She is active in promoting the vaccine among teens,and her 12- and 15-year-old daughters were vaccinated as part of a public promotion just days after the Food & Drug Administration approved the Pfizer vaccine for adolescents.

Pediatricians’ offices are scrambling to catch up on vaccines and other routine medical screenings that children missed as their families avoided medical settings out of fear they’d be infected with COVID-19. And helping parents disentangle what they’ve heard or read about the vaccines will take time,  Clark and Hanna-Attisha said.

“This is always what we do,” Hanna-Attisha said. “We sit down shoulder-to-shoulder, and we have these conversations with parents. We may introduce it on one visit and we may come back a month later, and we’ll talk about it again.”

Other parents, though, are thrilled at the prospect of a vaccine for children.

Darrick Rushing of Canton Township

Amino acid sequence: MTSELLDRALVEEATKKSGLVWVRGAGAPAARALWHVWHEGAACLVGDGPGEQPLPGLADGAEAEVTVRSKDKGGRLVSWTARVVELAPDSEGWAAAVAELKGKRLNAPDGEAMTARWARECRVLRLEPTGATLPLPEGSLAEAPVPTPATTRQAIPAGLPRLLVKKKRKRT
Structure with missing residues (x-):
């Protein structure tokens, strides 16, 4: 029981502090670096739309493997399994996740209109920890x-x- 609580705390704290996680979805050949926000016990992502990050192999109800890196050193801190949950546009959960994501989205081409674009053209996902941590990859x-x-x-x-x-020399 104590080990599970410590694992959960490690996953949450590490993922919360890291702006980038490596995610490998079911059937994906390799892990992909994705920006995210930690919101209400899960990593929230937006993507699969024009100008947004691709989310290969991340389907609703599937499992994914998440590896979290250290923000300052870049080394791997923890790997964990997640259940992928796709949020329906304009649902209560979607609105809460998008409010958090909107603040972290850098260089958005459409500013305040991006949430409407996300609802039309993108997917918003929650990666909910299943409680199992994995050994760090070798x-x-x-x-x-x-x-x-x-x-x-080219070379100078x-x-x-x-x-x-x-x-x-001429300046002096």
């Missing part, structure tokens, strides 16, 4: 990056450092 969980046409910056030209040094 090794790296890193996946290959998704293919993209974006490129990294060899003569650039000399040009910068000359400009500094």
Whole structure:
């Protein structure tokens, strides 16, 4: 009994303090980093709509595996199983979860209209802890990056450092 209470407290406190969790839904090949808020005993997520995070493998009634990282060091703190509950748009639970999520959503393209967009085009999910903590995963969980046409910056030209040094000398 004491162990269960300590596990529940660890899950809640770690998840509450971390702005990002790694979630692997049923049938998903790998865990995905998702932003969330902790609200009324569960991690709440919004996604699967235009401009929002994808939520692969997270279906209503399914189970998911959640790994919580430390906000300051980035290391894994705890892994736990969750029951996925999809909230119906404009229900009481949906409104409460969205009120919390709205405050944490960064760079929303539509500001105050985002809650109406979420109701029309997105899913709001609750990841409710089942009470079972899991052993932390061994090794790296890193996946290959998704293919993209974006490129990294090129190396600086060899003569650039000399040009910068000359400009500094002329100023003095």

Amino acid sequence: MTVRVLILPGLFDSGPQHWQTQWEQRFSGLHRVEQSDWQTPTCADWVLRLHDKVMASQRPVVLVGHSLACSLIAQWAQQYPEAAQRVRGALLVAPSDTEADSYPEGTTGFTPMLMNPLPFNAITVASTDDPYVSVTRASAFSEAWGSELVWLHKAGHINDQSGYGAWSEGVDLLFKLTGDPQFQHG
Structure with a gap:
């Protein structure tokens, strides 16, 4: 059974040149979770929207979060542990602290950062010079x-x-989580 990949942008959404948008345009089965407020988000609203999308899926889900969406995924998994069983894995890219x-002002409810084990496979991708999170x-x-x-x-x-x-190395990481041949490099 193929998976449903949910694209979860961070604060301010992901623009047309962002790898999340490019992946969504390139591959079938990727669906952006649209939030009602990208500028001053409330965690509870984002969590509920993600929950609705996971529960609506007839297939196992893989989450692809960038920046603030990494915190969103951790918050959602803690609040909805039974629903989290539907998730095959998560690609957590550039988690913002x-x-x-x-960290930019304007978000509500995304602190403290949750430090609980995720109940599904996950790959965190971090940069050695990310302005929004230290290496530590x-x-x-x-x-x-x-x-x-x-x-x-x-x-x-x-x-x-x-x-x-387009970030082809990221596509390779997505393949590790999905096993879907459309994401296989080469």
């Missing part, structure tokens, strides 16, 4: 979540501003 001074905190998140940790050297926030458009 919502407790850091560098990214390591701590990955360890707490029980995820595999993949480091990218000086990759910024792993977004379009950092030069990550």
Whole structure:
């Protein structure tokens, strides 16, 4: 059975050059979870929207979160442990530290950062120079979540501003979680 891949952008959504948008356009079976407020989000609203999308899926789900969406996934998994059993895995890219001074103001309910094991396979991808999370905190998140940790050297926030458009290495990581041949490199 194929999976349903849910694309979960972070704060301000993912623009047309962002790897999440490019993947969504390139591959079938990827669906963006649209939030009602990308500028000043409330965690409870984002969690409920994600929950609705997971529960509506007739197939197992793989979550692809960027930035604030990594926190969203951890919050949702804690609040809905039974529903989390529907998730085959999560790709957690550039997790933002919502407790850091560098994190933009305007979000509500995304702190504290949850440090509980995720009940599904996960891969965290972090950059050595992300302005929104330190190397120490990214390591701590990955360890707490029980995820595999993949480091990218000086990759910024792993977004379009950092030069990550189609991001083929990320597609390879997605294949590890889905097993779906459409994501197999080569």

Darrick Rushing of Canton Township and his wife were among COVID’s first victims last year, and COVID killed his mother just after Christmas. A vaccine might be available this winter for his daughter, Zoie, who will be a sixth grader. (Courtesy photo)

The father of 11-year-old Zoie and three adult children, Darrick and LaShawn Rushing of Canton Township, were among Michigan’s first victims of COVID-19. They were forced to separate and quarantine in their Canton home in March, 2020.

Three of Darrick Rushing’s siblings were also infected with COVID, while two of Darrick Rushing’s former coworkers — Wayne County sheriff’s deputies — died with COVID.

And his mother’s death certificate marked two days after Christmas is clear, too: “Respiratory failure … COVID19” it reads.

Zoie turns 12 in January, and Rushing said he’s hoping the vaccine will be ready for her even earlier — not only to protect her, but to protect her classmates and school staff when classrooms open again in September.

“I respect individuals’ wishes,” Rushing said, referring to other parents who have told him they will not have their children vaccinated. “But this is about protecting yourself while you’re protecting others. Where’s the consideration?”